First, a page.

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Shas
Leader Eli Yishai
Founded 1984 (1984)
Headquarters Jerusalem, Israel
Ideology Yalkut Yosef,
Haredi Sephardi and Mizrahi Judaism,
Populism, Religious conservatism
International affiliation Various Sephardi Batei Dinim, American/World Sephardic Federation
Ballot letters שס
Seats in Knesset 11
Website
www.shasnet.org.il
Politics of Israel
Political parties
Elections

Shas (Hebrew: ש״ס‎) is a political party in Israel, primarily representing Haredi Sephardi and Mizrahi Judaism. Following the 2009 elections in which Shas won 11 seats, it joined Benjamin Netanyahu's coalition government and holds four cabinet posts. Its current leader, Eli Yishai, is one of four Deputy Prime Ministers, and Minister of Internal Affairs.

Contents

History

Shas was founded in 1984 prior to the elections in the same year, through the merger of regional lists established in 1983. A Sephardi offshoot of the largely-Ashkenazi Agudat Yisrael, it was originally known as The Worldwide Sephardic Association of Torah Guardians (Hebrew: התאחדות הספרדים העולמית שומרי תורה‎, Hitahdut HaSfaradim HaOlamit Shomrei Torah). The party was formed under the leadership of Rabbi Ovadia Yosef (a former Israeli Chief rabbi), who remains its spiritual leader today. In founding the party, Yosef received strategic help and guidance from Rabbi Elazar Shach, the leader of Israel's non-Hasidic Haredi Ashkenazi Jews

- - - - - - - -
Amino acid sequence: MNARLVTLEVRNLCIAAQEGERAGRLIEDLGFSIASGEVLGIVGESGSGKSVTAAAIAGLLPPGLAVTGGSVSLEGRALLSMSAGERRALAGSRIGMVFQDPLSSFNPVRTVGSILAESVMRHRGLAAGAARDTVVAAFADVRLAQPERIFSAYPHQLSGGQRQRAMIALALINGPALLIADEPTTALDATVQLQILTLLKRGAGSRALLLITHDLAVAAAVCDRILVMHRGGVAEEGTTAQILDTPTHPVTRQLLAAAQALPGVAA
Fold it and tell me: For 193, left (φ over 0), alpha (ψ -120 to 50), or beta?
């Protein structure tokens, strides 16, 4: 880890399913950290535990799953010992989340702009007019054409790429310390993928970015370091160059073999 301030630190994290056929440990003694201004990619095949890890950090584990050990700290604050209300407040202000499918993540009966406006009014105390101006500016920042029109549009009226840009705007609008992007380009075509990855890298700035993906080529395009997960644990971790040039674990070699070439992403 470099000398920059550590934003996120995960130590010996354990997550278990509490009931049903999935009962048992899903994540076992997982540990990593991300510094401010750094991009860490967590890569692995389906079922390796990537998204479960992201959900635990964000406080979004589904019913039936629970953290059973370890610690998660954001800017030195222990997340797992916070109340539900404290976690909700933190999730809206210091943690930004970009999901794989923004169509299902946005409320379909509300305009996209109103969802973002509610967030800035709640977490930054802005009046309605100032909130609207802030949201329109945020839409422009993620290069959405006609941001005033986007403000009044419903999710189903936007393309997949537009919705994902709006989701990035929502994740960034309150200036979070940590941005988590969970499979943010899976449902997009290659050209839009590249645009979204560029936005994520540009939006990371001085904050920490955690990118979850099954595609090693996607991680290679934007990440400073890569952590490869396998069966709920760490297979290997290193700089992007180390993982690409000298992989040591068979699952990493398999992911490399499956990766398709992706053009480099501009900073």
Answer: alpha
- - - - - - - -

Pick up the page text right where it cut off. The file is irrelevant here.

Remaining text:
The party was mired in scandal after the indictment and subsequent conviction and imprisonment of its former party leader, Aryeh Deri, on corruption charges in 1999. While Yosef distanced the party from Deri and installed Yishai as the new party head, many Shas voters saw Deri as the victim of a discriminatory political witch-hunt and continue to support him.

Following Deri's conviction, Shas gained 17 seats in the 1999 elections, its strongest showing since its formation. Although 26 seats were projected for the following election had they run in 2001, instead Shas was reduced to 11 seats in the 2003 election because the two-ballot system was amended. In the 2006 elections it gained one more seat and joined Ehud Olmert's coalition government, alongside Kadima, Labor, Gil and between October 2006 and January 2008, Yisrael Beiteinu. In the current government, Shas party leader Yishai was Minister of Industry, Trade and Labor, and Deputy Prime Minister whilst Ariel Atias was Minister of Communications, and Meshulam Nahari and Yitzhak Cohen were Ministers without Portfolio.

After the 2009 elections Shas joined the Likud-led coalition together with Labor, United Torah Judaism and Yisrael Beiteinu, receiving four ministerial portfolios.

Ideology

Political poster for Shas, featuring Eli Yishai.